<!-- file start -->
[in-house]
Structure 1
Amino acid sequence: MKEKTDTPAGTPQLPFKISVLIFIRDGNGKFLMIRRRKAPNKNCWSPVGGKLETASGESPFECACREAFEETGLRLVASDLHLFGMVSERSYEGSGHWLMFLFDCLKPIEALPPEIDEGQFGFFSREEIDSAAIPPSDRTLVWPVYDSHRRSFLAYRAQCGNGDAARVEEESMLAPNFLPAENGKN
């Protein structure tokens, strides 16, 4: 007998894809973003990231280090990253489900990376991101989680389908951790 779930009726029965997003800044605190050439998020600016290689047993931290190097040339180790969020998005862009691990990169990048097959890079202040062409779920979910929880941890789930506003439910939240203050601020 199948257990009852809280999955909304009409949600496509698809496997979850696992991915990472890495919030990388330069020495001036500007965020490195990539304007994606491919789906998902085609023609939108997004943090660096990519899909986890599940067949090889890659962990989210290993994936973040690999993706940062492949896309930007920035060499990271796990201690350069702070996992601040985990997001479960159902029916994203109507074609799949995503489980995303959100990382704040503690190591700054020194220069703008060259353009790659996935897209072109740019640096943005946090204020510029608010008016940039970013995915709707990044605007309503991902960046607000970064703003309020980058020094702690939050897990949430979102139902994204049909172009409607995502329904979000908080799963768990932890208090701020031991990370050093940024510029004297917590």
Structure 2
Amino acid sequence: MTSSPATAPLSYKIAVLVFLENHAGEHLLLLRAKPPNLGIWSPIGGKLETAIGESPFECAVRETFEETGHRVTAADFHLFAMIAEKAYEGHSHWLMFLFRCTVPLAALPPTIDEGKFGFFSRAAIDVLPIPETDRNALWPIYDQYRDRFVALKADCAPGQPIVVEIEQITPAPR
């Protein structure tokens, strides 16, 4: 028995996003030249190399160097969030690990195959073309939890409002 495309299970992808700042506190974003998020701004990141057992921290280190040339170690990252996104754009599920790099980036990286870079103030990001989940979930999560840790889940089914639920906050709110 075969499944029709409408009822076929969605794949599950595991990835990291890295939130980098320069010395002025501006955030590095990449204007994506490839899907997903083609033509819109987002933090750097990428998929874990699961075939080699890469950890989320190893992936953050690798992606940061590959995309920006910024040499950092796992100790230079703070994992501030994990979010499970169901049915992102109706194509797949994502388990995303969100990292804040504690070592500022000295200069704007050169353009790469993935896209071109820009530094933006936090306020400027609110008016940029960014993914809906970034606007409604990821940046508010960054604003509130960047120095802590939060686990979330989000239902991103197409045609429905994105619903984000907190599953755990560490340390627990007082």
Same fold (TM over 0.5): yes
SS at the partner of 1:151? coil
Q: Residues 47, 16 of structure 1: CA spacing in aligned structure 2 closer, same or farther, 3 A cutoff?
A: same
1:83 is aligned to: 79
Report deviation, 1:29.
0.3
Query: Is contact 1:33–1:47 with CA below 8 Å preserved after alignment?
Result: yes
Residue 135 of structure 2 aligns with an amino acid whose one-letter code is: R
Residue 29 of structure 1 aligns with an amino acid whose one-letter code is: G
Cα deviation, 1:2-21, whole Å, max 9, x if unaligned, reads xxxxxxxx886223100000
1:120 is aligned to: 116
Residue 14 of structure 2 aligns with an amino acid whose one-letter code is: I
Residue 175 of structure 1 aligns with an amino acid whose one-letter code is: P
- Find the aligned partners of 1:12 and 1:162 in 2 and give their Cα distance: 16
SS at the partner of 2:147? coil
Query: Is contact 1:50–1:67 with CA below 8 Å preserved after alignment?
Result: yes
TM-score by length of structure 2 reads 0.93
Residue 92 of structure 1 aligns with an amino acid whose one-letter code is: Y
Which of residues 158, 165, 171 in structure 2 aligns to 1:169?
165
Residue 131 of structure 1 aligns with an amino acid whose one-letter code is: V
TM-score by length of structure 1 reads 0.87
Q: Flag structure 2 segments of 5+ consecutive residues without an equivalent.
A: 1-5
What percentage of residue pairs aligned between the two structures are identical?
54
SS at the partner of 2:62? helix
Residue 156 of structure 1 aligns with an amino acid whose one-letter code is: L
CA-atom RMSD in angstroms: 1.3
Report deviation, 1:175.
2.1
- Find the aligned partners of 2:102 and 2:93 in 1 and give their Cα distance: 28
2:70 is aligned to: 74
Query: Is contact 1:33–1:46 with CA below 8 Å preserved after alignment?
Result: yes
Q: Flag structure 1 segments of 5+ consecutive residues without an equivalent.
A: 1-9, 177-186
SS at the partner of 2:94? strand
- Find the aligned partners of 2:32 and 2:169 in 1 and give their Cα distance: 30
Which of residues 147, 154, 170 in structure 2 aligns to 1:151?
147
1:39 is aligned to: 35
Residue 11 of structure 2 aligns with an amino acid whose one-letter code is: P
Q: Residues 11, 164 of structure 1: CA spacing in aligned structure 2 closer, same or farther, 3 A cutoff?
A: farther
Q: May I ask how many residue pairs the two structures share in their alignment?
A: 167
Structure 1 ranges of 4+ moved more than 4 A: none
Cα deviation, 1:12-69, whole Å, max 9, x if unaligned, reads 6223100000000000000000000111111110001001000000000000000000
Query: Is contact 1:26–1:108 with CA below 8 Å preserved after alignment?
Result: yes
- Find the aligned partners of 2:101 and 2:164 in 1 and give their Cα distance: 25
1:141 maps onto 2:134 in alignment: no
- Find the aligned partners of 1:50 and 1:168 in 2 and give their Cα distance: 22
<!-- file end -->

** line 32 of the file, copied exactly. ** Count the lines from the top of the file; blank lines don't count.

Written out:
TM-score by length of structure 1 reads 0.87